It was widely believed that the resolution declaring Antony a public enemy would again be put up for debate the next day, and during the night the houses of the leading senators of Rome were visited by Antony’s mother, Julia, and his proactive wife, Fulvia, who brought with them Antony’s son Antyllus, who was perhaps four years old by this time. Antony’s womenfolk pleaded with the senators on his behalf.

The next morning, as the members of the Senate made their way to the Temple of Jupiter Capitolinus just before dawn, they found Julia and Fulvia at the temple doors, clad in mourning black. The women threw themselves wailing and lamenting at the senators’ feet as they entered the chamber, begging them not to declare Antony a public enemy. This performance visibly influenced some members of the House, who were reminded of “this sudden change of fortune.” Antony, the man who three days earlier had been the most powerful in the land, entrusted with the legal power over life and death, was now reduced to begging for his own life via his wife and mother. The debate about Mark Antony resumed, and a perturbed Cicero again called for Antony’s condemnation. And again Piso spoke in his defense.

In the end, against Cicero’s wishes, a compromise resolution was agreed on by a majority of members. Under the olive branch of peace, a Senate delegation of three ex-consuls would go to Antony outside Mutina to inform him that the Senate had not approved of his acquisition of Cisalpine Gaul. The delegation also was to enter Mutina and thank Albinus and his troops for their loyalty before reporting back to the House with Antony’s response.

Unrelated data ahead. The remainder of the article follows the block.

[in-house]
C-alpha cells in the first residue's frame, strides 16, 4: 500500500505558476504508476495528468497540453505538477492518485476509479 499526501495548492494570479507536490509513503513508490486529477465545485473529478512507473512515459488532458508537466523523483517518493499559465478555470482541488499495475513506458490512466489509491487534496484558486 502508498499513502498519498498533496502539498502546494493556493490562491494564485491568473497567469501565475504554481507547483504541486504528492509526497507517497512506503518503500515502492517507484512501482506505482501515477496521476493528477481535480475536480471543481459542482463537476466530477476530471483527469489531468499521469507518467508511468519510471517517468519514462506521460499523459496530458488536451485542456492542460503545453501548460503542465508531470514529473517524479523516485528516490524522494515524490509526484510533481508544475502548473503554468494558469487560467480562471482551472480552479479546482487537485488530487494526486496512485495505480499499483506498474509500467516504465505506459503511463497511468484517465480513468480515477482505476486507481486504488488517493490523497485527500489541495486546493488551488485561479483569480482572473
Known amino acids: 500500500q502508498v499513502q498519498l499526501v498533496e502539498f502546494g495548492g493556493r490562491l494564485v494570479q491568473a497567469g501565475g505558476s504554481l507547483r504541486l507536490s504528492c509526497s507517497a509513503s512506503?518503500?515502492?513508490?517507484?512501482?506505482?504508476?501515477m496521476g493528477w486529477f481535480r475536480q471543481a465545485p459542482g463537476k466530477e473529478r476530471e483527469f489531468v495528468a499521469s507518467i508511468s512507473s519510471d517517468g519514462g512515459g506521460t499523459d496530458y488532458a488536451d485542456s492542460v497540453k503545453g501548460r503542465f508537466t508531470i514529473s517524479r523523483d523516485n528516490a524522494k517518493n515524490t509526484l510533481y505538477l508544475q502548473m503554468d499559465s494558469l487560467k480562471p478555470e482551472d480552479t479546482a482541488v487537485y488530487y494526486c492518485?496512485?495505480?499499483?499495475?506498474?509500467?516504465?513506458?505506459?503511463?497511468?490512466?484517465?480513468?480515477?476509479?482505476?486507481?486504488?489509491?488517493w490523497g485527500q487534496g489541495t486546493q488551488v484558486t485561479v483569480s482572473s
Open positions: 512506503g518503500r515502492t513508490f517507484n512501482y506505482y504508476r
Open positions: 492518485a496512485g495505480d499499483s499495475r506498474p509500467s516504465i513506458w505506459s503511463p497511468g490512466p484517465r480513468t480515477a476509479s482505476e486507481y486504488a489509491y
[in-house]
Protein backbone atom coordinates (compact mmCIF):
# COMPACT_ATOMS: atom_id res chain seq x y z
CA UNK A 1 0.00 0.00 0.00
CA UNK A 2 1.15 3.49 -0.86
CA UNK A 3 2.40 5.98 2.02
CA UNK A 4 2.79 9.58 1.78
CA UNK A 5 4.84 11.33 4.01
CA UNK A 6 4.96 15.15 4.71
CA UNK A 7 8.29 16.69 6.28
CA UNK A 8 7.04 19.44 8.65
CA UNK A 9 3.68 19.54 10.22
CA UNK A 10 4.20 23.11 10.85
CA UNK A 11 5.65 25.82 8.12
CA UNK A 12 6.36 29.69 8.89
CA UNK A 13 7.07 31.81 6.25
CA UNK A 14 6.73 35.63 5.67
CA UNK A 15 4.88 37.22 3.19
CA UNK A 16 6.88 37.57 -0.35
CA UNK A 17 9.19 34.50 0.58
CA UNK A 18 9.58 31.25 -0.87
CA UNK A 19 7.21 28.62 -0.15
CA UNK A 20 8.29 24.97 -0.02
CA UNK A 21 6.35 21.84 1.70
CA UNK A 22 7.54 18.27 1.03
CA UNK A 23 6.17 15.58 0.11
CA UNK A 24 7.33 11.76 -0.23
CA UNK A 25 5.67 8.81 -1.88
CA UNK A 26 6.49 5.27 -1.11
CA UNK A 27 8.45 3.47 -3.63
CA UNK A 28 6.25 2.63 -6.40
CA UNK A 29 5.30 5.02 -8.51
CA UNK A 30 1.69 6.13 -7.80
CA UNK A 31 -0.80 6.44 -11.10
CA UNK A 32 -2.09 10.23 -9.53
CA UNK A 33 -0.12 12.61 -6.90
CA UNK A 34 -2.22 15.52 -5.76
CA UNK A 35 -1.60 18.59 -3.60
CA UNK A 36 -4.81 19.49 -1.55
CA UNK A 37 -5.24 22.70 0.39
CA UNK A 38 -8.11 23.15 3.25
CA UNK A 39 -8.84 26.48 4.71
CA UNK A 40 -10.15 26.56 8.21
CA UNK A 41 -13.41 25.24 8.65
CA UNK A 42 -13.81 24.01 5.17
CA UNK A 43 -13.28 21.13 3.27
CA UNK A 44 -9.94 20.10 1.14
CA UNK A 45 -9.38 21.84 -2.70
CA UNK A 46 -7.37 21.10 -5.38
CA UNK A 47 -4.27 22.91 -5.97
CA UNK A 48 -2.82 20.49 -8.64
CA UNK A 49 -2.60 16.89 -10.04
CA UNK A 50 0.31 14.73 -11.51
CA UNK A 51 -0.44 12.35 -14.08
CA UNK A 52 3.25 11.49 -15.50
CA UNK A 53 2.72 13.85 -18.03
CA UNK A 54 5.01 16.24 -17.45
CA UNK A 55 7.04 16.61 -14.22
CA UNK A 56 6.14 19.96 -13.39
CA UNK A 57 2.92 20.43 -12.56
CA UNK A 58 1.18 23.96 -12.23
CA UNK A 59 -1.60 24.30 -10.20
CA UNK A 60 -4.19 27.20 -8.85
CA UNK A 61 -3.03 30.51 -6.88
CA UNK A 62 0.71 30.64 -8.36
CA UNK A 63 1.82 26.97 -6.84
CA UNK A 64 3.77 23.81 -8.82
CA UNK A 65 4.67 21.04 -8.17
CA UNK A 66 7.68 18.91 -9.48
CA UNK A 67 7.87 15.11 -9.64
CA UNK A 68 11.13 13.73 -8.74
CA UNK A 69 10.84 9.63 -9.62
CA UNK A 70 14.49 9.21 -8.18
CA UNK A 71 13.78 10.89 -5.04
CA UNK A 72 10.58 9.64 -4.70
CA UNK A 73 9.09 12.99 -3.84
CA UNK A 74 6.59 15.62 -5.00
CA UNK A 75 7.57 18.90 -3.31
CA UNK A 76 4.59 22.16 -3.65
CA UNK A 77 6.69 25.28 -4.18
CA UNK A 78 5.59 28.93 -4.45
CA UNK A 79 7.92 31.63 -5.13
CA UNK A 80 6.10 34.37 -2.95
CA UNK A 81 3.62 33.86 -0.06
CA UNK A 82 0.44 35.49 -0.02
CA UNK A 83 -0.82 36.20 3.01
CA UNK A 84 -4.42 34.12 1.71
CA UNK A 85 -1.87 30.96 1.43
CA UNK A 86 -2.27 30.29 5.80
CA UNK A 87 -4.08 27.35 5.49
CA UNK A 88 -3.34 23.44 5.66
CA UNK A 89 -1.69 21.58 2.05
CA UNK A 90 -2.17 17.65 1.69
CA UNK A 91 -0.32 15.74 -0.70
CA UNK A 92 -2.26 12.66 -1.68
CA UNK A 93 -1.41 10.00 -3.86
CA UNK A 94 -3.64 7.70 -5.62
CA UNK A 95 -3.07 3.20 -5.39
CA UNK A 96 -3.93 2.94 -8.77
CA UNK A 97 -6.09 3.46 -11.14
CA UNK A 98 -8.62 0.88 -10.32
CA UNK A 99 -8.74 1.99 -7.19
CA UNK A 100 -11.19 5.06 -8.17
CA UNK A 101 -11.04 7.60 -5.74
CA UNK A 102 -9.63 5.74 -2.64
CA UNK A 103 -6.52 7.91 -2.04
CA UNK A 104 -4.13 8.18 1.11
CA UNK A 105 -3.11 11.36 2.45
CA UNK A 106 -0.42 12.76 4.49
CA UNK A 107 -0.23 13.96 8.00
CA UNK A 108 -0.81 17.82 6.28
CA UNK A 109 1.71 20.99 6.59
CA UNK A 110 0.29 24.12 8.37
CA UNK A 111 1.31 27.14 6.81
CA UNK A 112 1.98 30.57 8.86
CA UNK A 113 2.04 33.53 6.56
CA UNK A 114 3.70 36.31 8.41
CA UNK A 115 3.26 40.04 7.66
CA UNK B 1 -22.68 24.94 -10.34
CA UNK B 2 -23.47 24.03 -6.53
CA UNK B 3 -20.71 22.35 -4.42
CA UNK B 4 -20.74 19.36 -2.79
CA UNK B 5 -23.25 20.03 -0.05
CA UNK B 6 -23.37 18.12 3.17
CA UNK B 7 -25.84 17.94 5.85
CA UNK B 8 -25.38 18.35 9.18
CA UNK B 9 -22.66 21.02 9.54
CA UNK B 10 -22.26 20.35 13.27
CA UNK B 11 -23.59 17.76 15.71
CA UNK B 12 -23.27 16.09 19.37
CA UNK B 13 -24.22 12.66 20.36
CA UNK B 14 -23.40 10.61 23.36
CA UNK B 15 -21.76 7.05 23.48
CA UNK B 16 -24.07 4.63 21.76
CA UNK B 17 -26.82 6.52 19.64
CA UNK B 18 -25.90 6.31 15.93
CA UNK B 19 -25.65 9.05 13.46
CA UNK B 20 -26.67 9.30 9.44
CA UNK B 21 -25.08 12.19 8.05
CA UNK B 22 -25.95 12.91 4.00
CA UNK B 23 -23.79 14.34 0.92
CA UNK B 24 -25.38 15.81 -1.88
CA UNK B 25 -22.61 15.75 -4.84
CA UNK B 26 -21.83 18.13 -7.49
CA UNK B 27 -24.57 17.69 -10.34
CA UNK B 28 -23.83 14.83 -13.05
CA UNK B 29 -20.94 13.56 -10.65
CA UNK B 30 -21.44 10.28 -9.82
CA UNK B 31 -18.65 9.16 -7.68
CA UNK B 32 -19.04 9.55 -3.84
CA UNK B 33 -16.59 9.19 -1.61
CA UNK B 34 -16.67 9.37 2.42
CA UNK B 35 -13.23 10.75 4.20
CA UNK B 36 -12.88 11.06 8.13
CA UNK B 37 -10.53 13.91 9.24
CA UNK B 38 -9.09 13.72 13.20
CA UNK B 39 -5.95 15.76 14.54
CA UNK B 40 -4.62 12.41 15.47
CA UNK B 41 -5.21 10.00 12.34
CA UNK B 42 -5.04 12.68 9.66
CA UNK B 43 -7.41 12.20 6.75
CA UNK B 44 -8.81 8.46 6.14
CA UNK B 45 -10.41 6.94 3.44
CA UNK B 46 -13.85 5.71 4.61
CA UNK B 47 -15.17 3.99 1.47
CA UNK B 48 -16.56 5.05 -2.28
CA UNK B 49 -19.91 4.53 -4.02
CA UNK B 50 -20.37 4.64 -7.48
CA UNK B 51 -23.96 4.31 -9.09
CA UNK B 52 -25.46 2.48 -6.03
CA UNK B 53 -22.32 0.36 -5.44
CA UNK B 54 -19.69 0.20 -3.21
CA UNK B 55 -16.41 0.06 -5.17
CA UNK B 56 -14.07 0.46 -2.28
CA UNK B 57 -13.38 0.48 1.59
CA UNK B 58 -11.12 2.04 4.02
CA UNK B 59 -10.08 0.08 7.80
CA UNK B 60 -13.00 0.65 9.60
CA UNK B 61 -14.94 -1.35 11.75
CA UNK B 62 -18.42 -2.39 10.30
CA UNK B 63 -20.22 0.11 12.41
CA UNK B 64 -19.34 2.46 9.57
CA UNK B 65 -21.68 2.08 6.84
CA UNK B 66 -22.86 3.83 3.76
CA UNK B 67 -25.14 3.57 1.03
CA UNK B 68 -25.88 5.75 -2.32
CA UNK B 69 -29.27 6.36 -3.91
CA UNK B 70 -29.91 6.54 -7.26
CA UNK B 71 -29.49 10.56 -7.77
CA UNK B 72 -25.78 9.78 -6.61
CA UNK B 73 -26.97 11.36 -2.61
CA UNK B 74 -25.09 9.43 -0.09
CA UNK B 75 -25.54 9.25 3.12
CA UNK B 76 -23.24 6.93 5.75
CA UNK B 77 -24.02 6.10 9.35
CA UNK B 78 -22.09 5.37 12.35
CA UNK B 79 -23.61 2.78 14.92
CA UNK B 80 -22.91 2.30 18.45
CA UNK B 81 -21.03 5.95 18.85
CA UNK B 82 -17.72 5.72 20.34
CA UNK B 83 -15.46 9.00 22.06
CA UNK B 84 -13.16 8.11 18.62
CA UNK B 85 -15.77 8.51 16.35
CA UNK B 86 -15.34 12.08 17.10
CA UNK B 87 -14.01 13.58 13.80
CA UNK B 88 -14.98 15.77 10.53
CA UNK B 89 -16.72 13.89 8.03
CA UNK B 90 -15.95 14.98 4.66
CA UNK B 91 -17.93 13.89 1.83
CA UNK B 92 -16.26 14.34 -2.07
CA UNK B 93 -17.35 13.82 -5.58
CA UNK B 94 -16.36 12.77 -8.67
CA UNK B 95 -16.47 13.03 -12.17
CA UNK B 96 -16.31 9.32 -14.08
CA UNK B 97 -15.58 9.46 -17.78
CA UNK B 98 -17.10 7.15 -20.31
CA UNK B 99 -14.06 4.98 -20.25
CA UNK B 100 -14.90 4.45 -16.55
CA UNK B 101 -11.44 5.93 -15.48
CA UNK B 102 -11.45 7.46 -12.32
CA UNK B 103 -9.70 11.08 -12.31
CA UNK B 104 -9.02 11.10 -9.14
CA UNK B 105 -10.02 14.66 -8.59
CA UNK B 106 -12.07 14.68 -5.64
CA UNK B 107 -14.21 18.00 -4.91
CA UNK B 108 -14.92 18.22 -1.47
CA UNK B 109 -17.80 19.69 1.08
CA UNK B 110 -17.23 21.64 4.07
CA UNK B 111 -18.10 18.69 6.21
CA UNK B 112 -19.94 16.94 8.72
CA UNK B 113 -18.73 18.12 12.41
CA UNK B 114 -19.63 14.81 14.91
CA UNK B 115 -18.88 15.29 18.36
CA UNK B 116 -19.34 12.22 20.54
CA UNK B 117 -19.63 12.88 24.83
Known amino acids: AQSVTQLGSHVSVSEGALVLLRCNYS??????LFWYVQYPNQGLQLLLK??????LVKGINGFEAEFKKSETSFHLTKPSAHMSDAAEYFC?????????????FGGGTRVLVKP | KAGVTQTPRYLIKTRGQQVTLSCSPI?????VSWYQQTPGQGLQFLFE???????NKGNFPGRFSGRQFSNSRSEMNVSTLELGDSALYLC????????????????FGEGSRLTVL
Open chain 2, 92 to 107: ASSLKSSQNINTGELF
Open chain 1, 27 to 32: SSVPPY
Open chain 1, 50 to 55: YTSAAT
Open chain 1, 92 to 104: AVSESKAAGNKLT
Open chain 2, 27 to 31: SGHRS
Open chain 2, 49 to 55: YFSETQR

It was a mild resolution, and its mildness ensured its safe passage. But friends of the Liberators had the House agree to nominate Cicero to draft the letter that would be carried by the Senate’s delegates to Antony. With a supposed eye to fairness, those delegates were to be Piso, as Antony’s man; Philippus, as Octavian’s man; and Albinus’s cousin Sulpicius. Of course, Cicero used the opportunity to write a sealed letter that, in the names of the Senate and consuls, demanded that Antony lift the siege of Mutina and stop plundering Gaul and raising troops; to relinquish Gaul to Albinus and withdraw south of the Rubicon River into Italy, but remaining no closer to Rome than two hundred miles; and to submit all his activities of the judgment of the Senate.

After the Senate rose, Antony’s friends in the House congratulated themselves on preventing Antony from being declared an enemy of the state, and the Senate delegation made a hurried departure for Cisalpine Gaul. Later that same day, Cicero addressed a public meeting in the city at which, in his sixth Philippic, he revealed the contents of the demand being delivered to Antony. It was a demand that Cicero could not have expected Antony to agree to. In fact, he revealed in his speech that he had absolutely no confidence in the success of the delegation’s mission, and argued passionately that the only way to resolve this matter was with immediate military action to lift Antony’s siege of Mutina—by Octavian’s legions.